Cognitive: musical notation is incomplete representation of what we hear; written music is not neutral, but disfavors certain elements of music; favors melody and harmony over rhythm, which is almost impossible to notate. Music is partly oral in almost every tradition.

Implications: think about visual bias and how it influences our judgments of infringement. Nonvisual forms of reproduction are now the norm. Music is created in performance and reduced to written composition later. Think internationally: greater recognition for performer’s rights.

Q: countervailing force—fair use is generally nonexistent for sound recordings. Is that compensation for the bias?

A: She doesn’t think it’s compensation, because fair use doesn’t work well in the nonvisual world. A lot of fair use music cases are about text/lyrics (Campbell) not music. De minimis use does address some of this, but not fair use music cases.

Betsy Rosenblatt: is this a visual bias or a fixation bias?

A: both. What courts say about music shows broad belief that written music is an authoritative representation. If we want copyright to protect living traditions, we have to understand how they actually work.

Q: do we want to give more to performers?

A: as between composers and performers the allocation is off, even if we’ve overpropertized.

Q: raises the question of whether performers would be the ones to benefit from a change.

A: that’s a broader question about copyright generally.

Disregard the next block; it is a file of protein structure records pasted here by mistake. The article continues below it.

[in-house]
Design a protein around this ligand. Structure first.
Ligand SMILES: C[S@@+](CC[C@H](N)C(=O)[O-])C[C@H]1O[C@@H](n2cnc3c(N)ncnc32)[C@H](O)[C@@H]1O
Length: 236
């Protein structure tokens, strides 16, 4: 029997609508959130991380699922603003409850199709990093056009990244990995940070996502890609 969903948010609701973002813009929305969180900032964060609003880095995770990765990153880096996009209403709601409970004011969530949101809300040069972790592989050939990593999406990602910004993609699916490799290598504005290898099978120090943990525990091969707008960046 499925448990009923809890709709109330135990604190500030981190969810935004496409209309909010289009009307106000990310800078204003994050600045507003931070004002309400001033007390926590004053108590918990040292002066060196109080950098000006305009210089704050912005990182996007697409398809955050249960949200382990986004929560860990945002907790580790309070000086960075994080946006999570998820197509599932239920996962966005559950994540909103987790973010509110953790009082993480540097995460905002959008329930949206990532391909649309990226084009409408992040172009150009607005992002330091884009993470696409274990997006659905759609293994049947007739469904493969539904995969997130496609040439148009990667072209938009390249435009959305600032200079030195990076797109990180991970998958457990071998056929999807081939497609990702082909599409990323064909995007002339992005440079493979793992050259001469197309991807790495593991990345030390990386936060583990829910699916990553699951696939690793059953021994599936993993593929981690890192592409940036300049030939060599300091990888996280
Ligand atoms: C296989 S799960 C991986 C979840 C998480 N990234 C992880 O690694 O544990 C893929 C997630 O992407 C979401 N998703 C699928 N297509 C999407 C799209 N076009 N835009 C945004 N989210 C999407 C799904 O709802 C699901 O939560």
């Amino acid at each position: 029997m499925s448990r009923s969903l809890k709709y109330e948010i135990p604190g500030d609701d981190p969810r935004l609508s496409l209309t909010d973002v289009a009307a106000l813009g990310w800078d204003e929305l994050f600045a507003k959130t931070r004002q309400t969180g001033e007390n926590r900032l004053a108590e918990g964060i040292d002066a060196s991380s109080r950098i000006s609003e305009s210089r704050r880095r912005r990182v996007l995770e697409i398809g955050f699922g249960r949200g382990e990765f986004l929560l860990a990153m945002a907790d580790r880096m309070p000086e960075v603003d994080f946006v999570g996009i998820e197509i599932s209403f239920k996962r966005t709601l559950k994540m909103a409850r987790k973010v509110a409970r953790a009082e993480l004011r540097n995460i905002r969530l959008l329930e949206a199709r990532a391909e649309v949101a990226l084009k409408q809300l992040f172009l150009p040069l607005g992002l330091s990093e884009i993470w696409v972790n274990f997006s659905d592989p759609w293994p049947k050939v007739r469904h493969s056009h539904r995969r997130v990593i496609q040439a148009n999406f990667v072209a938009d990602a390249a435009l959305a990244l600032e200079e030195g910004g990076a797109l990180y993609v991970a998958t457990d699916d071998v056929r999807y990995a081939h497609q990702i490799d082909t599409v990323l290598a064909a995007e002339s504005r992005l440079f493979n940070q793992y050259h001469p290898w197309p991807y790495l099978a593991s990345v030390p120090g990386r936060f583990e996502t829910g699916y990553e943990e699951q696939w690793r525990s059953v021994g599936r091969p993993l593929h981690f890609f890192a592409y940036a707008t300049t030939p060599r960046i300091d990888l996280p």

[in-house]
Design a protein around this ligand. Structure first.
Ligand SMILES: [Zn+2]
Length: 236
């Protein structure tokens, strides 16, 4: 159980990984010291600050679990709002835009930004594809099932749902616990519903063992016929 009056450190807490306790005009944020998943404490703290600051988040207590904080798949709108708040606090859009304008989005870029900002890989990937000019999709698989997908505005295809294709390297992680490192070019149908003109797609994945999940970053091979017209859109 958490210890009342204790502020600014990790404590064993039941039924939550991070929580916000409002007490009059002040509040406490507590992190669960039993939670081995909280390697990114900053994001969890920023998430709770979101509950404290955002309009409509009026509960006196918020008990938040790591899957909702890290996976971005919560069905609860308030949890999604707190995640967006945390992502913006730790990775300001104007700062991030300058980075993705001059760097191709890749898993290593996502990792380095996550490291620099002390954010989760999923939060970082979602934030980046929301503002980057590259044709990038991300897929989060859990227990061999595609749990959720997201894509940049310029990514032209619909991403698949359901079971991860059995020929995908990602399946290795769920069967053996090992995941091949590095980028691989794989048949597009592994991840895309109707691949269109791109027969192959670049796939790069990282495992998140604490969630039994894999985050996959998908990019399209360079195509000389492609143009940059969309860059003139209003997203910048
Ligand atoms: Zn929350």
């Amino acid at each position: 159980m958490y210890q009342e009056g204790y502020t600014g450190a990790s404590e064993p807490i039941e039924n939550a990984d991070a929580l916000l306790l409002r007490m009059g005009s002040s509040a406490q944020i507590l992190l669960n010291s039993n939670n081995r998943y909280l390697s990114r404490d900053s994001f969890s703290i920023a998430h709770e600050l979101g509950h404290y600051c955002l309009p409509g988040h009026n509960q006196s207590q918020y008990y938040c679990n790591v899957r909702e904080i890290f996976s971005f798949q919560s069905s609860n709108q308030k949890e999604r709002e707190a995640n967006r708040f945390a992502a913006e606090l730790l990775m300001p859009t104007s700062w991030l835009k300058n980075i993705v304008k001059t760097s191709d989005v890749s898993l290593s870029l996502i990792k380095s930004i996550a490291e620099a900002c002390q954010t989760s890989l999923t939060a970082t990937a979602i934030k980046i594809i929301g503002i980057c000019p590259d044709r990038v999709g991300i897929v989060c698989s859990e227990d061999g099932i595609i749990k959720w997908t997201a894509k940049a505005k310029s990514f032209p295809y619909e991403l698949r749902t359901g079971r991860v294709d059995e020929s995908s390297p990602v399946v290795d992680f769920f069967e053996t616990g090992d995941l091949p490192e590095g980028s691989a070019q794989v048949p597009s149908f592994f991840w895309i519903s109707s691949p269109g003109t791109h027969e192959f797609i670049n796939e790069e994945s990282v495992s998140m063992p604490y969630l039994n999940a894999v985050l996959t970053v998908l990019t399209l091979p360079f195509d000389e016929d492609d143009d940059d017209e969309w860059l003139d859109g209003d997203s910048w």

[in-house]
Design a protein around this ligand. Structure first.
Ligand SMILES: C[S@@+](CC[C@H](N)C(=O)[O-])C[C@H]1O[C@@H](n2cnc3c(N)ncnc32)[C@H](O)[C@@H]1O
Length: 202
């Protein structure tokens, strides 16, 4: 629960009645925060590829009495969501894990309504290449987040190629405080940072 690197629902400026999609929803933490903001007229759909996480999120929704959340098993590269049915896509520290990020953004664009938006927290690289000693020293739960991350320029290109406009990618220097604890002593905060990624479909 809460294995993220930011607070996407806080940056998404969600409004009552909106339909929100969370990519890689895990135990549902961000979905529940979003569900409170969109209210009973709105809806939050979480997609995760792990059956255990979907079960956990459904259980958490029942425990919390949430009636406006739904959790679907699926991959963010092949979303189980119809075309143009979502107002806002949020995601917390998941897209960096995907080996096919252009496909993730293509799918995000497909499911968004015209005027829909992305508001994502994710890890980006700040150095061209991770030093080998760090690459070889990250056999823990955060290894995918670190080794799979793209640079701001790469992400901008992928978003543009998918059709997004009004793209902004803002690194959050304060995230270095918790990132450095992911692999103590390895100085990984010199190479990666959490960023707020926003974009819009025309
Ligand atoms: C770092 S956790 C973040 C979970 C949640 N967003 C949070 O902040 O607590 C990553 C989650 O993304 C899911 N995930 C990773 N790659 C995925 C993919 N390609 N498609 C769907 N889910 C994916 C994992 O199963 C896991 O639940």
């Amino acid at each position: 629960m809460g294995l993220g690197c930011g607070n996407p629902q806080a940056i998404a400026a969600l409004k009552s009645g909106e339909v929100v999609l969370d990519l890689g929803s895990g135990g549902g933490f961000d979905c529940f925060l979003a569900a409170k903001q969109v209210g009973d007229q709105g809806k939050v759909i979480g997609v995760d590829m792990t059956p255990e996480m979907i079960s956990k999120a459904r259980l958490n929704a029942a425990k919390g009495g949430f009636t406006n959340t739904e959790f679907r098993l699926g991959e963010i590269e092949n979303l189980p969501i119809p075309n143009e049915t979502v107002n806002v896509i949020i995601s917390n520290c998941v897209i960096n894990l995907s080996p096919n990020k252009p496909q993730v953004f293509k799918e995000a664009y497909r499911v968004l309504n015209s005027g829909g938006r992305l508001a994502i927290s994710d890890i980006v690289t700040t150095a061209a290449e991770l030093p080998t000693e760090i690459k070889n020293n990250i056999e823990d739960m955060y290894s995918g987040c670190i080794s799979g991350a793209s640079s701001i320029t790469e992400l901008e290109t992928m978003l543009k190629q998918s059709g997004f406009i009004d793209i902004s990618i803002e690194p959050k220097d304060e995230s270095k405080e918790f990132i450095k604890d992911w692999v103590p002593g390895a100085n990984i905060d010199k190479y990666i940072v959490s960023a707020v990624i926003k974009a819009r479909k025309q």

Ann Bartow, Pace Law School, Copyright Law and the Commoditization of Sex

This is a scary and dangerous piece. Copyright is not required for works that are not useful and that do not promote the progress of science/useful arts. First Amendment law has never precluded a decision to keep harmful works out of copyright’s subject matter—we say works that are substantially similar to existing copyrighted works/unauthorized derivative works are harmful and thus they don’t get copyright protection.

Courts used to say that porn wasn’t copyrightable. She doesn’t think that porn should be copyrightable. We’d still have porn, just as we’d still have other creative works without copyright. But lots of pornographers use copyright extensively, and they’re a whole lot better at extracting money than the music industry because of the power of shaming: someone who downloads 1000 Britney Spears songs has no taste, but someone who downloads a hundred porn films, especially if they suggest racial or other taboos, is really threatened in his social existence if that were publicized. Thus, there’s big pressure to settle.

Content-neutrality: copyright is not content neutral, ever: definition of derivative works isn’t content neutral, and neither is fair use.

Really clear: the harm she is talking about here is harm to performers, period. She is not talking about users. People get hurt/coerced making movies, and distribution continues the harm. Proposal: identify harmful porn and prevent it from taking advantage of copyright. New kind of registration: have the Copyright Office make an initial determination of works with live human performers and make a call. Pornographer can offer proof of voluntariness. If people were being harmed, then registration could be denied/cancelled. Opposition proceedings: if performer said there was a problem. This would also be a defense to infringement claims. (Not sure how well this would work for the people subject to shaming sanctions.)